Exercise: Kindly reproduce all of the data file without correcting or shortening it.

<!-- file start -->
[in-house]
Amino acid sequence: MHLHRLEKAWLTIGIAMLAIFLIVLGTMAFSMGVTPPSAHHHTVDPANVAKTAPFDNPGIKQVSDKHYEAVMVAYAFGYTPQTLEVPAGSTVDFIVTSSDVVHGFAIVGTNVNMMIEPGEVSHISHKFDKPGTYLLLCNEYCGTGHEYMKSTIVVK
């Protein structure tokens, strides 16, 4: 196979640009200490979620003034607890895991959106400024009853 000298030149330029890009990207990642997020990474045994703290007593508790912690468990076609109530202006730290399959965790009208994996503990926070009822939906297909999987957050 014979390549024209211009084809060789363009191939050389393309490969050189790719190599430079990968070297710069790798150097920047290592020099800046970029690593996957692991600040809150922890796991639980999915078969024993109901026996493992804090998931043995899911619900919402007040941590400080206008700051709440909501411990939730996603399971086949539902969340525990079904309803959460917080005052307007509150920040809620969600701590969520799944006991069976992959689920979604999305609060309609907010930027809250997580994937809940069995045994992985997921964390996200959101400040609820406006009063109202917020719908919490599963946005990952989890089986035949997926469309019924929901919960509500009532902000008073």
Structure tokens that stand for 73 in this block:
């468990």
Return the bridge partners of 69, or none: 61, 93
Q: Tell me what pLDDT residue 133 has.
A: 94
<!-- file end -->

[in-house]
Amino acid sequence: MHLHRLEKAWLTIGIAMLAIFLIVLGTMAFSMGVTPPSAHHHTVDPANVAKTAPFDNPGIKQVSDKHYEAVMVAYAFGYTPQTLEVPAGSTVDFIVTSSDVVHGFAIVGTNVNMMIEPGEVSHISHKFDKPGTYLLLCNEYCGTGHEYMKSTIVVK
């Protein structure tokens, strides 16, 4: 196979640009200490979620003034607890895991959106400024009853 000298030149330029890009990207990642997020990474045994703290007593508790912690468990076609109530202006730290399959965790009208994996503990926070009822939906297909999987957050 014979390549024209211009084809060789363009191939050389393309490969050189790719190599430079990968070297710069790798150097920047290592020099800046970029690593996957692991600040809150922890796991639980999915078969024993109901026996493992804090998931043995899911619900919402007040941590400080206008700051709440909501411990939730996603399971086949539902969340525990079904309803959460917080005052307007509150920040809620969600701590969520799944006991069976992959689920979604999305609060309609907010930027809250997580994937809940069995045994992985997921964390996200959101400040609820406006009063109202917020719908919490599963946005990952989890089986035949997926469309019924929901919960509500009532902000008073």
Structure tokens that stand for 73 in this block:
């468990």
Return the bridge partners of 69, or none: 61, 93
Q: Tell me what pLDDT residue 133 has.
A: 94